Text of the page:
Today, a short exchange with a high school senior reminded me of a similar moment years ago. In both instances, I helped a student solve a physical problem.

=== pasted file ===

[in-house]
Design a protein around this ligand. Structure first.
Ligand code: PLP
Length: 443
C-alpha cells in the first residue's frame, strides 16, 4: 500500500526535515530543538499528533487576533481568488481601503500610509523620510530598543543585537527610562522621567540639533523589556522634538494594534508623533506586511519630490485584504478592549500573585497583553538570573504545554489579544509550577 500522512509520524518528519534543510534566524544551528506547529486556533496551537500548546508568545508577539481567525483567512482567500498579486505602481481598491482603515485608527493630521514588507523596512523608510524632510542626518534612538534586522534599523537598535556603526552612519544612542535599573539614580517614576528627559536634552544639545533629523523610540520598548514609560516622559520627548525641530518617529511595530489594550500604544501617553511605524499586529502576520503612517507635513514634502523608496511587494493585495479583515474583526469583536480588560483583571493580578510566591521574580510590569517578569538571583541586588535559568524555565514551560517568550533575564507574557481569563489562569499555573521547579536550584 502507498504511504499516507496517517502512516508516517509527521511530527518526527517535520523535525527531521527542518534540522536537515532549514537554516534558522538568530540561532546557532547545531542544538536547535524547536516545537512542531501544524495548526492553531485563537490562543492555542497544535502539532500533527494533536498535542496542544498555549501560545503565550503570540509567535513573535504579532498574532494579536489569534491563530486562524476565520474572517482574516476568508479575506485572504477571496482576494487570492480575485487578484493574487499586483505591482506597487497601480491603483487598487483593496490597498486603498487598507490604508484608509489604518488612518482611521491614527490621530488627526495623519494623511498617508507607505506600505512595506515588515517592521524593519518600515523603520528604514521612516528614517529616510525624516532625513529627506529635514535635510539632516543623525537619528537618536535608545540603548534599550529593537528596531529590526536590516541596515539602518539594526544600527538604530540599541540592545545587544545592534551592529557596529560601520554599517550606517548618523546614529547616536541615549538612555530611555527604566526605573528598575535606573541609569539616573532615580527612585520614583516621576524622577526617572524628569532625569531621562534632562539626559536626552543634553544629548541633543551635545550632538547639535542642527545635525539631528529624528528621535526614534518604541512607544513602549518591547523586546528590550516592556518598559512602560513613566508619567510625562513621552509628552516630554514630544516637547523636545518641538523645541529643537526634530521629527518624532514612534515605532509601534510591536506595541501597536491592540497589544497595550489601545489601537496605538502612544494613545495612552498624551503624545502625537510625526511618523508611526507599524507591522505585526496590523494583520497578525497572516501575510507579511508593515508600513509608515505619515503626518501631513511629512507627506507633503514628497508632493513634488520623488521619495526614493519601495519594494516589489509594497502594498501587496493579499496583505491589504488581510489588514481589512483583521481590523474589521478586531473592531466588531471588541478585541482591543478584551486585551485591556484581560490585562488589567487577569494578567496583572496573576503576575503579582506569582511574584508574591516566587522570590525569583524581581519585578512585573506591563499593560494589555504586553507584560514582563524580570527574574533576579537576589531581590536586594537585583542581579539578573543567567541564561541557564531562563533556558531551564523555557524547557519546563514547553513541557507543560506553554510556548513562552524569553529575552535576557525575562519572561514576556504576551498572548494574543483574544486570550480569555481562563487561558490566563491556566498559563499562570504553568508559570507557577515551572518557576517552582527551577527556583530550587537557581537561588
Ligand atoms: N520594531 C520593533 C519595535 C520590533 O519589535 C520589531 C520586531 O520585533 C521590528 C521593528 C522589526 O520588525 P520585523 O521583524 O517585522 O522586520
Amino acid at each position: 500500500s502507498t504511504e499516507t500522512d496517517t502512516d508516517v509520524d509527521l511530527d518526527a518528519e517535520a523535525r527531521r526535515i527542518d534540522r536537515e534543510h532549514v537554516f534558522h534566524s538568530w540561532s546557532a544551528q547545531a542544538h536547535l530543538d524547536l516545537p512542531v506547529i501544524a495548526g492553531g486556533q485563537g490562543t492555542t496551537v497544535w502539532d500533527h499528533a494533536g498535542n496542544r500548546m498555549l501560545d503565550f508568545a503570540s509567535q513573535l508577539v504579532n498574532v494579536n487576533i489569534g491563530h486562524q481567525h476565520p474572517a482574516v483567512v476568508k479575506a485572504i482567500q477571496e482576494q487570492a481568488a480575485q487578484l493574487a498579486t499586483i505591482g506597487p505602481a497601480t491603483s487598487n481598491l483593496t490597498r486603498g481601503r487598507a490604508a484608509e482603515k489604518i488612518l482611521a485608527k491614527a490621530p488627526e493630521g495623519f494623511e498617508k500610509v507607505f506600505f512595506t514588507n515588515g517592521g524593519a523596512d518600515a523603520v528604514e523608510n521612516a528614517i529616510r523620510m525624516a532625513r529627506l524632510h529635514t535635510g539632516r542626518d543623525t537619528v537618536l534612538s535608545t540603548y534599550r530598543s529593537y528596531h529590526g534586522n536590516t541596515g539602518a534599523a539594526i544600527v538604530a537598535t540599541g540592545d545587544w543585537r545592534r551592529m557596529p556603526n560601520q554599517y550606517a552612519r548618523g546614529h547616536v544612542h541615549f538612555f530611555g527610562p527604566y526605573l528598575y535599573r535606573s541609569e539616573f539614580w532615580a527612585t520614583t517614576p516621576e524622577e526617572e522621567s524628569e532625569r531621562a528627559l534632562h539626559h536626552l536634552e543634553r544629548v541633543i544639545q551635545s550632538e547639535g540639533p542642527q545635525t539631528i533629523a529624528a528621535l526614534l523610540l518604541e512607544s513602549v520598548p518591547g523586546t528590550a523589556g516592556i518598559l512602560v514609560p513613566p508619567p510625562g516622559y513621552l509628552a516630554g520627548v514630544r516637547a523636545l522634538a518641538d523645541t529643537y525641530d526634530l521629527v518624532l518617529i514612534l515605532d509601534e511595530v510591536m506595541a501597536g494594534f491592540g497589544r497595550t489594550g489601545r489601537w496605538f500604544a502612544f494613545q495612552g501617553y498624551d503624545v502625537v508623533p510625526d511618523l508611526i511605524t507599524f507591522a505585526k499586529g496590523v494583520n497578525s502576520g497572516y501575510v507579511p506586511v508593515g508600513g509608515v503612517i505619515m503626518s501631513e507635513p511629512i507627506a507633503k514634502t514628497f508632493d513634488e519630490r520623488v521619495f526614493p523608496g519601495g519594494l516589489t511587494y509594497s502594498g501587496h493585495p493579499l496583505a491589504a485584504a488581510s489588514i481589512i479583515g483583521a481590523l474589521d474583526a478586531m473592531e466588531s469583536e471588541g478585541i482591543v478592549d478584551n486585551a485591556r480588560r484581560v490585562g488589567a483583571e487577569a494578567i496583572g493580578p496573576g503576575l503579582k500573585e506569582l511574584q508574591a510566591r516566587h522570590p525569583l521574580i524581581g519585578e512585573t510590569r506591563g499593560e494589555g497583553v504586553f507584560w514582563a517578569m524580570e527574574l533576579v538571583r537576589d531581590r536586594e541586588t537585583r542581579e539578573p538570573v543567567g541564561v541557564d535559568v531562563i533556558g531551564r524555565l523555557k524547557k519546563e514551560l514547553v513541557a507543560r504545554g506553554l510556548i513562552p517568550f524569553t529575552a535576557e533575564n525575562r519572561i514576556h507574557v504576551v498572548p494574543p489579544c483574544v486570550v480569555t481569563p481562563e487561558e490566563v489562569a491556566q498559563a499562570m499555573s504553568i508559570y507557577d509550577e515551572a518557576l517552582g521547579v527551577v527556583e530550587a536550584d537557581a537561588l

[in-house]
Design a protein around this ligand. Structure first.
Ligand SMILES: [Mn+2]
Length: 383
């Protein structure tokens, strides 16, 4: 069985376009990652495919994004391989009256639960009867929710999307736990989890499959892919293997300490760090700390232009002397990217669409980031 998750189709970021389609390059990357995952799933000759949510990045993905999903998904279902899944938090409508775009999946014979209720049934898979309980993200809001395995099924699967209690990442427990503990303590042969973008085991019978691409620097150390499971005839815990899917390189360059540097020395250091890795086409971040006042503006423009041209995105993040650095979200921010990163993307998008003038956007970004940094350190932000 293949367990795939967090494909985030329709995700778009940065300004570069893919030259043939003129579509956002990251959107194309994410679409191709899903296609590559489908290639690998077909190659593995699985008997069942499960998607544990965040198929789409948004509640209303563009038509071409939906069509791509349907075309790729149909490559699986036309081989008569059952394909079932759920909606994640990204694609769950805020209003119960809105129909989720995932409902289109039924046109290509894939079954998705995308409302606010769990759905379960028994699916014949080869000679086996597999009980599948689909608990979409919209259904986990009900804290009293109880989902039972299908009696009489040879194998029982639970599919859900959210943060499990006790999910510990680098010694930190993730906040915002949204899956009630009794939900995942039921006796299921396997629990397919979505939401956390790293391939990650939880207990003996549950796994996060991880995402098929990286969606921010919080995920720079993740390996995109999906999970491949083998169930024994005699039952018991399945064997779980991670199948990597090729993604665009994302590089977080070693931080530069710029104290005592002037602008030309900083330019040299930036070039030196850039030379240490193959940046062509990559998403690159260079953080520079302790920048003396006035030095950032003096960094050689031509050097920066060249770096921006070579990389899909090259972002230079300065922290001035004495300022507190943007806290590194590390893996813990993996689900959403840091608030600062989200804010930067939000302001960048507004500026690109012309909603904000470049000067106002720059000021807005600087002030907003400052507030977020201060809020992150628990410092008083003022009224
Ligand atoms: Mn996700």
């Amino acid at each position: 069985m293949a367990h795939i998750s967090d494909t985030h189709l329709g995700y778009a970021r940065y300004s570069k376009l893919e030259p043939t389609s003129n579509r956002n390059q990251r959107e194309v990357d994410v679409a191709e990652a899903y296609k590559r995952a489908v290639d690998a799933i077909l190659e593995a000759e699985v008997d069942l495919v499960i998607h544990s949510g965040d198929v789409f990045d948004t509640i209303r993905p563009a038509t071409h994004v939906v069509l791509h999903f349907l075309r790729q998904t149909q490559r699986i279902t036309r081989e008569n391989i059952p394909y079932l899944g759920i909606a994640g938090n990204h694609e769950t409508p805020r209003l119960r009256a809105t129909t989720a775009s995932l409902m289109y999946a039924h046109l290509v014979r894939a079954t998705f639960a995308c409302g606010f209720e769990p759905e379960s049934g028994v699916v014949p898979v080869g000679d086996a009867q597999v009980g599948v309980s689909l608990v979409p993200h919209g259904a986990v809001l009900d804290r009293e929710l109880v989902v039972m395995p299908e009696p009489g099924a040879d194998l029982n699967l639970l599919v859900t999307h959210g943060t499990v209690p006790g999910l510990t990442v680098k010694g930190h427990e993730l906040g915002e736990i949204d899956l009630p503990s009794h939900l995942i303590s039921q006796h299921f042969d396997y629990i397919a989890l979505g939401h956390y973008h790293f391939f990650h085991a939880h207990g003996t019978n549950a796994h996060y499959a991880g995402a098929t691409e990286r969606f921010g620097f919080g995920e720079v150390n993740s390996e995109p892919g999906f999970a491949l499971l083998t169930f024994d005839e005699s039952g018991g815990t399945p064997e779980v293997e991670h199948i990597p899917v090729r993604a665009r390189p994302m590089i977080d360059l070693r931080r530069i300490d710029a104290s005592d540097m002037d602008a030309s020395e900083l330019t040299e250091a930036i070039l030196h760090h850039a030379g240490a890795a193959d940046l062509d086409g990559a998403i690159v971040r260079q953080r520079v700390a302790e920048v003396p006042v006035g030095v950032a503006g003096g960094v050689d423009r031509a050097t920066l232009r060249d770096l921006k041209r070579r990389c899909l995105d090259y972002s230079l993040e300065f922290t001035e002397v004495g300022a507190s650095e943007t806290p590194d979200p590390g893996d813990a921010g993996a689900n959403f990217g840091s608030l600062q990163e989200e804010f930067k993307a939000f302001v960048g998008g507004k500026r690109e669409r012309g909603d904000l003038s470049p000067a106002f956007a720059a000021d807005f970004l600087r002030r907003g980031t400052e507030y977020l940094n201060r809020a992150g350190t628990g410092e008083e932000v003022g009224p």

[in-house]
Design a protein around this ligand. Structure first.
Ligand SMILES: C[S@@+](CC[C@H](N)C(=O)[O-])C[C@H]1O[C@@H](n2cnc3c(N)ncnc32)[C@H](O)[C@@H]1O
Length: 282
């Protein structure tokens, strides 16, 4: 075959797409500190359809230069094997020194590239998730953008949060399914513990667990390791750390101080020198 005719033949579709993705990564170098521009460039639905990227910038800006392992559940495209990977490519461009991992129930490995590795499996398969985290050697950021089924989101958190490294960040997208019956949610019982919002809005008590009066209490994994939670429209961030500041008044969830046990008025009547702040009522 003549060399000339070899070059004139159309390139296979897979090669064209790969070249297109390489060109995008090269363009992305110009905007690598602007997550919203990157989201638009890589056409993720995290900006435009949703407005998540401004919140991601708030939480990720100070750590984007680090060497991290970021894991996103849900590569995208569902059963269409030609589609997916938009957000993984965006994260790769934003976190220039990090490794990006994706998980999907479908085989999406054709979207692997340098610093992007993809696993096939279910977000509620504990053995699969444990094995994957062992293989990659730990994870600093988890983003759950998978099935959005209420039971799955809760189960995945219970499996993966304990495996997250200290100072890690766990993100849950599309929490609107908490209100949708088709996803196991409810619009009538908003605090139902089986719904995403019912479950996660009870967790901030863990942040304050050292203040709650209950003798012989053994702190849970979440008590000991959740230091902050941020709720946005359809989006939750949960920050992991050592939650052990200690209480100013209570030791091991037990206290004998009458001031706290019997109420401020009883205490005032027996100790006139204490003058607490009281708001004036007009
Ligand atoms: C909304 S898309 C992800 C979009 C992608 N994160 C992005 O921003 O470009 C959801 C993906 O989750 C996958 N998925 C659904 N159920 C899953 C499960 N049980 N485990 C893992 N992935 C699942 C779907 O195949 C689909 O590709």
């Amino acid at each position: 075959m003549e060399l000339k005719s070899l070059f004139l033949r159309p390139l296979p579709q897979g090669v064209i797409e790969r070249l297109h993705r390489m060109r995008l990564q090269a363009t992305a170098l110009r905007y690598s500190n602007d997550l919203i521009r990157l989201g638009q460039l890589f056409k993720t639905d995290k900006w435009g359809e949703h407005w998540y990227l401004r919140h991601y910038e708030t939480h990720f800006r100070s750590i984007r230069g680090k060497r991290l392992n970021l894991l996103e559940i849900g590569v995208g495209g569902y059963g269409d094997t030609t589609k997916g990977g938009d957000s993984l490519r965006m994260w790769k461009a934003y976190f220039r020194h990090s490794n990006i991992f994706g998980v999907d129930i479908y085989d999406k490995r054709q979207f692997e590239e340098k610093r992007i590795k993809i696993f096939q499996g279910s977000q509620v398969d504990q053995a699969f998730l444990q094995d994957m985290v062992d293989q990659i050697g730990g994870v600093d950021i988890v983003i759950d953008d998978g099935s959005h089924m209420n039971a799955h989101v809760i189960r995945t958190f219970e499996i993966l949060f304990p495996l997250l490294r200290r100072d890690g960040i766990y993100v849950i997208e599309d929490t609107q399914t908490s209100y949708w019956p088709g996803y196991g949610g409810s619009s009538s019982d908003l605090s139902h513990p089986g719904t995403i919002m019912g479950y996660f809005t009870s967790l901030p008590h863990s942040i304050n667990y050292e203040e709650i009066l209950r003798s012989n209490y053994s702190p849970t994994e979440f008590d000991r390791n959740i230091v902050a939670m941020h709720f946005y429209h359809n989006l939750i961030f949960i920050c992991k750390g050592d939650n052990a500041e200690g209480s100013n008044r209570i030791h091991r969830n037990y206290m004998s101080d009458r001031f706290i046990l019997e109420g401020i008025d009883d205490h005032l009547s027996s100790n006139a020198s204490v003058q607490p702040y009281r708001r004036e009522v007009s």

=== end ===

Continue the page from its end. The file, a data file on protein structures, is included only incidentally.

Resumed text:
Today, the student borrowed a copy of Hamlet because he had left his at home. Soon into the day’s activity, he brought the book to me because it seemed to be missing pages. It went from page 2 to page 7, and he didn’t know what to do. He had hit a roadblock, an obstruction, an impediment. I saw something, and asked to hold the book myself. I saw some pages protruding from the rest. Turns out, the binding had started to come loose. The protruding pages, stuck somewhere in Act Three, were–you guessed it–pages 3 through 6. I handed him the missing pages, having solved his puzzle. As he made his own way back to his seat, I followed him to offer a friendly debriefing of the episode. I said I had exercised a bit of creative problem-solving–by looking outside the immediate surroundings of the puzzle. It was then I suggested that the solution involved moving from microscope to telescope. I stepped outside the problem to see it from another point of view, a larger one, one with a wider perspective. Simple problem, simple solution, but the student about to head off to college came to me before creating the solution himself. Who knows why, or what this little episode means, but it reminds me of a similar moment years ago, but that’s a story for another time.
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